How to Self Edit (to Improve Writing)
Bates, Dianne, Practically Primary
'NOW WRITE THE STORY,' you tell your students after spending much time motivating them and discussing ideas. Then, as your students strain their brains to come up with a half-way decent plot and a beginning sentence that will hook their reader's attention, you wonder what the result will be. You know that writing is ten percent inspiration and ninety percent perspiration. Your students perspire--lots. Some take a long time to get words on paper. Finally, after what seems like an eternity, they finish the first draft of their stories. The relief of being able to produce an abundance of words often produces a lush of accomplishment, a desire to immediately hand in their work, and a conviction that you, their teacher, will surely be impressed.
Student writers are often so excited to finish assignments that they never get past the first draft.
Student writers are often so excited to finish assignments that they never get past the first draft. They think their piece of work is wonderful, not because of what it is, but because they wrote it.
They think their piece of work is wonderful, not because of what it is, but because they wrote it. They do not want to part with a single word. Professional writers, however, have a totally different attitude to their first draft: they are pleased to find how many words they can cut in successive revisions. Proficiency in editing is the key to excellence in writing. Thus, if you want your students to get top marks in writing assignments, you must teach them how to edit ruthlessly and efficiently.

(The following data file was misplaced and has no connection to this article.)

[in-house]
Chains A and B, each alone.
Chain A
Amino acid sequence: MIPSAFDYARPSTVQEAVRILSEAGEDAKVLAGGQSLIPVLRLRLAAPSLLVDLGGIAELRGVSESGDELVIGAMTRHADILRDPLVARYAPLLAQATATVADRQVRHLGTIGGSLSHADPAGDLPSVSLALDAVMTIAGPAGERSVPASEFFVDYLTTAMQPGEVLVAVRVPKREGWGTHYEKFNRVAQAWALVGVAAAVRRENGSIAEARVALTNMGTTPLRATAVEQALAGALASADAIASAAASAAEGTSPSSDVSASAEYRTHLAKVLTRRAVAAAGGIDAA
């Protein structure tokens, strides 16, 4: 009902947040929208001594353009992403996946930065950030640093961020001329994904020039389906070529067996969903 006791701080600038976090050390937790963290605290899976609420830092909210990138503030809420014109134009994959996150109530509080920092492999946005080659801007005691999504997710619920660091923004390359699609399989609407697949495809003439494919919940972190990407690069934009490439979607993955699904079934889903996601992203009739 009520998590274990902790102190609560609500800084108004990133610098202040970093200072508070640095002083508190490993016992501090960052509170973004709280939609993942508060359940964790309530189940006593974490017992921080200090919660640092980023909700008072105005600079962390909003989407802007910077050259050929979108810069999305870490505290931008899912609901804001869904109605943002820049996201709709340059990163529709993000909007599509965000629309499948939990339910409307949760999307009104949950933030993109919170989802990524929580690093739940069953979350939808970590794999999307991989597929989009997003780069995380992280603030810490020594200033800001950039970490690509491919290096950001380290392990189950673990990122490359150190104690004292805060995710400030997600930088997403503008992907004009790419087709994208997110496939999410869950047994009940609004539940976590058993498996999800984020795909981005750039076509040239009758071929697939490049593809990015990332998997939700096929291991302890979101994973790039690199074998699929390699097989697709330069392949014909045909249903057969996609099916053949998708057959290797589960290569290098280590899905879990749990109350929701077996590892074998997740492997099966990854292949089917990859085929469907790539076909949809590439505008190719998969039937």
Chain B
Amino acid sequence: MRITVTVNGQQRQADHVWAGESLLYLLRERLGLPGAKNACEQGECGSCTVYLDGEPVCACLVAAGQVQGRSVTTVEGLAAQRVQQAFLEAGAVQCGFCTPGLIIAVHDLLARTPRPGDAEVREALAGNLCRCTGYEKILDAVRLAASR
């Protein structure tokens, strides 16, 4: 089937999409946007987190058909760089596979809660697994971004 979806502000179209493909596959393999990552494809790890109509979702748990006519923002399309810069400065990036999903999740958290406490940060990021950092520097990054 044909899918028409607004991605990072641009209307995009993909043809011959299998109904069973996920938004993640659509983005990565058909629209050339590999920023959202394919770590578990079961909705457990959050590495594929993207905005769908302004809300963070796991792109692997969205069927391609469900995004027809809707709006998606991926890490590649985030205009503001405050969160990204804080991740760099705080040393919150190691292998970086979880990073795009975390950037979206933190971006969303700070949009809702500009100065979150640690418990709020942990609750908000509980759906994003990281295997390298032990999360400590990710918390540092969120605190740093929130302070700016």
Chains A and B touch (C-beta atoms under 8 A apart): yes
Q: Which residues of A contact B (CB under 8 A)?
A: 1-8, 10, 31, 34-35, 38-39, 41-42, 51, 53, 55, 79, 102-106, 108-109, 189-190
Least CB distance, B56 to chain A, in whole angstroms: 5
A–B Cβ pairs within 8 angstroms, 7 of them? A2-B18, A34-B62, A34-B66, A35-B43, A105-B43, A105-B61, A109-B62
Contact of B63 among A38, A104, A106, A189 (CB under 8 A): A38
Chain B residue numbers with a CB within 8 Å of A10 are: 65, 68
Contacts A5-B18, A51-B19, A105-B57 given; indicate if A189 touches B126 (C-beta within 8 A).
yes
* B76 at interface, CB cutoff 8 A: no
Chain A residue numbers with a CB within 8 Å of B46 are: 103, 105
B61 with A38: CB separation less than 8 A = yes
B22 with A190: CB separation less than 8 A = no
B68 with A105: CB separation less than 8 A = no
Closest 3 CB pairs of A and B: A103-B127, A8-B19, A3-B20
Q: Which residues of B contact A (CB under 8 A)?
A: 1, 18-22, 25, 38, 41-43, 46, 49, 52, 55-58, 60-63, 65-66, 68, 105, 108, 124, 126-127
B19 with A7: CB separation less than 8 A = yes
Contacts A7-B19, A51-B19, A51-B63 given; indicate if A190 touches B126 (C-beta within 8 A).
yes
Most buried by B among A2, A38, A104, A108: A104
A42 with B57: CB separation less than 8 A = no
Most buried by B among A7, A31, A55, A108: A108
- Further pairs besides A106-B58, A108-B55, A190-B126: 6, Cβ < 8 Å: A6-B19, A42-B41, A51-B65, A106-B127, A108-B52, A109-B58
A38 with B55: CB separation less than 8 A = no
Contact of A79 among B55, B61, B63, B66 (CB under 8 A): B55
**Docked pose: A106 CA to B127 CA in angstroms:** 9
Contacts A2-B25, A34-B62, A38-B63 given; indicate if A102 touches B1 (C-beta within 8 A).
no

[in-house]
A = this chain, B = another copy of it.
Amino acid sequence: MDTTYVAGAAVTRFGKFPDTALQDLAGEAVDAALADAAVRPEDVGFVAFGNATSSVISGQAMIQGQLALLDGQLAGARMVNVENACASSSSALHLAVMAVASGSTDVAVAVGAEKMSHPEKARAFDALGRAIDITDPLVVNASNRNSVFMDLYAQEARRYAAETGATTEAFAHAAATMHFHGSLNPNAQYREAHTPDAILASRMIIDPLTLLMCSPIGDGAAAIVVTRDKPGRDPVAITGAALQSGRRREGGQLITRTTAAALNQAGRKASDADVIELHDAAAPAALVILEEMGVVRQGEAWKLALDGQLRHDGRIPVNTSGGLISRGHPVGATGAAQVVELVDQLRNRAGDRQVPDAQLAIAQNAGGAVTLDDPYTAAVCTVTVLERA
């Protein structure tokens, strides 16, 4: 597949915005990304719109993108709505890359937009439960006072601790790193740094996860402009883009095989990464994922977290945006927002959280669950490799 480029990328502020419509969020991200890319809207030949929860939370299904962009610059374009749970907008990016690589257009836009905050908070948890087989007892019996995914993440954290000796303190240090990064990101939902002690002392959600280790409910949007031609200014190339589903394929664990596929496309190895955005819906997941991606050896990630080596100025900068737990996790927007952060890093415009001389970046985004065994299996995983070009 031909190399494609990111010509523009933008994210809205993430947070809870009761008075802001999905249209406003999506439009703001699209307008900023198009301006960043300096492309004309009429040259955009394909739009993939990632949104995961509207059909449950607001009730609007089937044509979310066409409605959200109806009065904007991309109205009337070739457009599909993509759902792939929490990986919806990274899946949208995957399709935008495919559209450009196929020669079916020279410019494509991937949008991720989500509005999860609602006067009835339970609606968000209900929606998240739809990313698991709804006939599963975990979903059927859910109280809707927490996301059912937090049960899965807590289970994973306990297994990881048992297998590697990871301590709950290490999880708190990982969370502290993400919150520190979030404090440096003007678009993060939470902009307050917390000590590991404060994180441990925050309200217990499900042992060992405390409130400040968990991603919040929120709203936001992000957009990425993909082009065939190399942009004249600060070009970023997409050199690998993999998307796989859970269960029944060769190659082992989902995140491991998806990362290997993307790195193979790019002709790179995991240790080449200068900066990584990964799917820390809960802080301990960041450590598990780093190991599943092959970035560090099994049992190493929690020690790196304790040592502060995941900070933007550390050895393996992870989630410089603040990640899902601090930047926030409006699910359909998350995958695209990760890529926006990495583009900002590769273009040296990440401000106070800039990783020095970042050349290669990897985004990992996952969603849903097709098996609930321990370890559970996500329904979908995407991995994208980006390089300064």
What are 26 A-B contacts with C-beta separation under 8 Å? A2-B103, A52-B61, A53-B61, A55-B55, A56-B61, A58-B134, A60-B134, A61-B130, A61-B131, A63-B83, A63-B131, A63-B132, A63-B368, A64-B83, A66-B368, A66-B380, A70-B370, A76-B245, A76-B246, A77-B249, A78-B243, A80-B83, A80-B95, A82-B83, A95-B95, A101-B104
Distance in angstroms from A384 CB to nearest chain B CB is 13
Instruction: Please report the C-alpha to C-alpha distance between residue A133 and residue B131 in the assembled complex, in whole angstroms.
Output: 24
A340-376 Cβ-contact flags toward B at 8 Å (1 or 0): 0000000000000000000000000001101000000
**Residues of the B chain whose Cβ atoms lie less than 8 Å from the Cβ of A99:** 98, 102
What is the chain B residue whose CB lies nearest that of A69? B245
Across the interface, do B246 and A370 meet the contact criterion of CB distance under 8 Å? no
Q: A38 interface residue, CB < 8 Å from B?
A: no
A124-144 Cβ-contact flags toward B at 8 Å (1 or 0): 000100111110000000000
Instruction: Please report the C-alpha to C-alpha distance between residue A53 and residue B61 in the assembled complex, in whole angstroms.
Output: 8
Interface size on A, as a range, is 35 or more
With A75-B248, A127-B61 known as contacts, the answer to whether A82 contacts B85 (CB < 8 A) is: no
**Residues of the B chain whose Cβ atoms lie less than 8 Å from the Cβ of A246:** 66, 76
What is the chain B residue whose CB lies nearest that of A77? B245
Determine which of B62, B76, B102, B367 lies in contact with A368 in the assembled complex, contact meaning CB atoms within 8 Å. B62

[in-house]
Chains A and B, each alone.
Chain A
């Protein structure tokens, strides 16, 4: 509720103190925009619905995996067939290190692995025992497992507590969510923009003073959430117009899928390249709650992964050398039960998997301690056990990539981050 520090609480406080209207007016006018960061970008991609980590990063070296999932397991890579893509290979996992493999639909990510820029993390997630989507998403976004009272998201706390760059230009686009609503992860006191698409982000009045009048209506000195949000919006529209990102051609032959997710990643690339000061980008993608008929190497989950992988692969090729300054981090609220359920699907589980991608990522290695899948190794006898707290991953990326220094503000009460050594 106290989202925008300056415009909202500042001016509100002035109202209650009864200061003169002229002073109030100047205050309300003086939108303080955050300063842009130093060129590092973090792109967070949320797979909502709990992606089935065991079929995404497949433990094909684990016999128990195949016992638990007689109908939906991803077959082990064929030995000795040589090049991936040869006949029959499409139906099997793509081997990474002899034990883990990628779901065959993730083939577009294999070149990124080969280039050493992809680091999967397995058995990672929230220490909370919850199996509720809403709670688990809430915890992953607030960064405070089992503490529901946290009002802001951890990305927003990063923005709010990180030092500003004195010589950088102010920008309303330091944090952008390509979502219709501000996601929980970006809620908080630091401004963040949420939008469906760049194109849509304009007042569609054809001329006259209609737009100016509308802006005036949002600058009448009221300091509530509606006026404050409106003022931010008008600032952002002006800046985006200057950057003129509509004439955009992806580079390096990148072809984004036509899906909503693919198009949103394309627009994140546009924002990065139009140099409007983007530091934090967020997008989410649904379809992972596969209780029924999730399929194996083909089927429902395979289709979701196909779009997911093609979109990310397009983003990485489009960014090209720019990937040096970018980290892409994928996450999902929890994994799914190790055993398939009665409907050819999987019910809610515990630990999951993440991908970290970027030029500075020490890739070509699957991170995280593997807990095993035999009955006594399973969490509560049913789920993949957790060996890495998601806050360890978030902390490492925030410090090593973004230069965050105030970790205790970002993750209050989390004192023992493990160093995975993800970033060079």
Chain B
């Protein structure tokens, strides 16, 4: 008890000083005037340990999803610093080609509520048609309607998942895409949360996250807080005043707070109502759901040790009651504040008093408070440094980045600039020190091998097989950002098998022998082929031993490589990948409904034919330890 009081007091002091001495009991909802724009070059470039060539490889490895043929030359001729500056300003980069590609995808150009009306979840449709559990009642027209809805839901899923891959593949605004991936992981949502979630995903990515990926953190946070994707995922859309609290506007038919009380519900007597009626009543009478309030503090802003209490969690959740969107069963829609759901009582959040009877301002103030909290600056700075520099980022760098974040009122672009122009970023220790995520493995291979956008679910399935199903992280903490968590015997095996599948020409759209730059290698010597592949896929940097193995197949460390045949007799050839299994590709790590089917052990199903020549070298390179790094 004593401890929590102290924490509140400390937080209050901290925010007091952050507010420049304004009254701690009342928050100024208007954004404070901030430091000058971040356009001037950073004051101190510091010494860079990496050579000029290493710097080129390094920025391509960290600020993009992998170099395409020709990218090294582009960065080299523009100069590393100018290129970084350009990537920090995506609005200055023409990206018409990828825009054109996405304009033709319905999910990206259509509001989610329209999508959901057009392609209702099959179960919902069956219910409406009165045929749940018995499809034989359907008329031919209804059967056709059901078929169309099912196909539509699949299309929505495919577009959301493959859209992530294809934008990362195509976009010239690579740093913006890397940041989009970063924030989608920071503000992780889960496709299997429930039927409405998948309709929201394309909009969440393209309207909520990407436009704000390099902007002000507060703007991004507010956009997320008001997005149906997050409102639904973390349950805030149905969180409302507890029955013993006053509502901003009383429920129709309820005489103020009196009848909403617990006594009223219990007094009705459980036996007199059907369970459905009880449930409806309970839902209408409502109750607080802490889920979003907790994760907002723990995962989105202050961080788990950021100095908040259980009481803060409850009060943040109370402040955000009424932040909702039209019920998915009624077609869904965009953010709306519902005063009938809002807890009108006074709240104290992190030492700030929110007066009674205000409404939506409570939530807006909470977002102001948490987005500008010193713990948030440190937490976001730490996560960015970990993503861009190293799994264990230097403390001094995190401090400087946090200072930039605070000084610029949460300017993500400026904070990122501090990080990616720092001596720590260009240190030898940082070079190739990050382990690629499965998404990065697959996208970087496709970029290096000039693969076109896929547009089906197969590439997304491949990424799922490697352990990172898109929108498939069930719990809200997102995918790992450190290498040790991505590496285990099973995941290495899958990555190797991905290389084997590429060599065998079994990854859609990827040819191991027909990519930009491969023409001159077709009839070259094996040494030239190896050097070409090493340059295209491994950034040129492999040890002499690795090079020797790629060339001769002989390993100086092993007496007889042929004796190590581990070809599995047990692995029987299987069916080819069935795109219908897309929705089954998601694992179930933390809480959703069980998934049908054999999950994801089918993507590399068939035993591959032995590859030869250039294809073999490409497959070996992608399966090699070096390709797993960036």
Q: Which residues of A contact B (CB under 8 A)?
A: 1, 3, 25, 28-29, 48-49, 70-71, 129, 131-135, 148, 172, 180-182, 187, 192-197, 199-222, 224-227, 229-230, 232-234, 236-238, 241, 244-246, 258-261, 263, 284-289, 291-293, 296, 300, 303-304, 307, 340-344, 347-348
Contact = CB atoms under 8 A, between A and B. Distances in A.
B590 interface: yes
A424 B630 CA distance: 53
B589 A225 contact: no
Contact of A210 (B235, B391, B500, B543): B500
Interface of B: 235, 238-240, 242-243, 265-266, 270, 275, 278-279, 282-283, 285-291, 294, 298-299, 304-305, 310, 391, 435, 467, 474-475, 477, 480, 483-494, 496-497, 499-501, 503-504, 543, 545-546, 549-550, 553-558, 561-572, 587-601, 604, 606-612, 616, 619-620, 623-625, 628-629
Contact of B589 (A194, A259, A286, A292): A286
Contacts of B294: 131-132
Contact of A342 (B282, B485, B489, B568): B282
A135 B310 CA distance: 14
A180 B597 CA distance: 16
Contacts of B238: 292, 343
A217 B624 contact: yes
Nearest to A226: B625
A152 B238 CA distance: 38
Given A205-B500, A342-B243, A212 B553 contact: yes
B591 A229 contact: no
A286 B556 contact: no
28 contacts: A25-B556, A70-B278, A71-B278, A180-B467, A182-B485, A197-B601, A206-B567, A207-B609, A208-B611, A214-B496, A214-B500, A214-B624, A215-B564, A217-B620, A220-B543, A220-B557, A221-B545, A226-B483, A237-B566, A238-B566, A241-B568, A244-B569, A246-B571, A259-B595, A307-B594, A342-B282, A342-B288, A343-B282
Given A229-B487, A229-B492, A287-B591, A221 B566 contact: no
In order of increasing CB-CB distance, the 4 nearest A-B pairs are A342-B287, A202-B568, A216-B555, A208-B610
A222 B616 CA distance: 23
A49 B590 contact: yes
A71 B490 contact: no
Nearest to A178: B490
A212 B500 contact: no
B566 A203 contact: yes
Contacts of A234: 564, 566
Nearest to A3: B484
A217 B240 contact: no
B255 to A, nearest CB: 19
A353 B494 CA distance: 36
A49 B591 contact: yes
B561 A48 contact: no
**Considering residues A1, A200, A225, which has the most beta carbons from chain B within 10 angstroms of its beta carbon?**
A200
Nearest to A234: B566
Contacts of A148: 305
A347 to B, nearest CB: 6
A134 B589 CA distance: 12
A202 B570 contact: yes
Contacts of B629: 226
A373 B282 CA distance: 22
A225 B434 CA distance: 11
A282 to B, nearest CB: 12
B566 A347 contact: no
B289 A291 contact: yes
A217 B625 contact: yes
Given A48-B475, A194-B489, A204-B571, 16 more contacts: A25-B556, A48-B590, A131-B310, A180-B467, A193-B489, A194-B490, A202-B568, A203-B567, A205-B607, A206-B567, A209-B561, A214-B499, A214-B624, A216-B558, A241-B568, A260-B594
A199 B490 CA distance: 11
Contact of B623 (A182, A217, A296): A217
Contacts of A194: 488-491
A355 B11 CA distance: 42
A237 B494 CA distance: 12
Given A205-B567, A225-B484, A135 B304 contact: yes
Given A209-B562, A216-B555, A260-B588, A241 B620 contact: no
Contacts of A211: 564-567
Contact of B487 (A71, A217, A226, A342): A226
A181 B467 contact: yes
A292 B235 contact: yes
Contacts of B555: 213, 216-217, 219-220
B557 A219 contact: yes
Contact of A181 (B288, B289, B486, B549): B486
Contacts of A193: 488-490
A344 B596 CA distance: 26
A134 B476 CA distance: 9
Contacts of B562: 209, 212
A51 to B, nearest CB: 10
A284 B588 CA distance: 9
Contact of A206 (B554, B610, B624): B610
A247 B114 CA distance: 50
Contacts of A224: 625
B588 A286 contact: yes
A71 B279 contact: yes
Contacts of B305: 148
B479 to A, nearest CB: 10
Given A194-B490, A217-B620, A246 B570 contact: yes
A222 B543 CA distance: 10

It is difficult to be critical of your writing when you have just completed your first draft. The creative part of the brain is still switched on. Time allows the writer to more objectively see laws in their writing, so it is best to have them put their work aside for as long as possible before editing it.
... if you want your students to get top marks in writing assignments, you must teach them how to edit ruthlessly and efficiently.
One way of 'teaching' editing is by sharing a first draft with your class on the interactive white board. Point out how the draft might be improved using techniques in this essay. Later, when they have confidence in editing, students might form small critiquing circles to workshop one another's drafts. Working as a team is a sure-ire way of enabling students to transfer editing skills from class exercises onto their own drafts. So what do students need to know about how to self-edit?
Put simply, there are four main processes at work in editing: adding words, deleting words, changing words and moving words.
The processes of editing:
* adding words
* deleting words
* changing words
* moving words
Professional writers would agree that the greater part of revising drafts is removing words already written and then improving the words that remain. Putting the best word in the right place is at the heart of all good writing, as is getting rid of all unnecessary words. Sometimes, in order to achieve this, the writer might have to change ten words for every five originally written.
Each and every word in a sentence should play a vital role. Words must it the exact shade of meaning. One of the most valuable means by which students can strengthen their word power is by regularly consulting--and using--a thesaurus. When teaching them to self-edit, have them get into the habit of underlining over-worked or cliched words. Challenge them to add zest to their writing by searching for synonyms to replace all sub-standard words. Aim, too, for them to use the most specific words. Student writers often use words that are vague and open to interpretation. The word 'tree', for example, is vague, whereas 'palm', 'sapodilla' and 'acacia' are specific. 'Dog' is vague whereas 'greyhound', 'terrier' and 'spaniel' are specific. …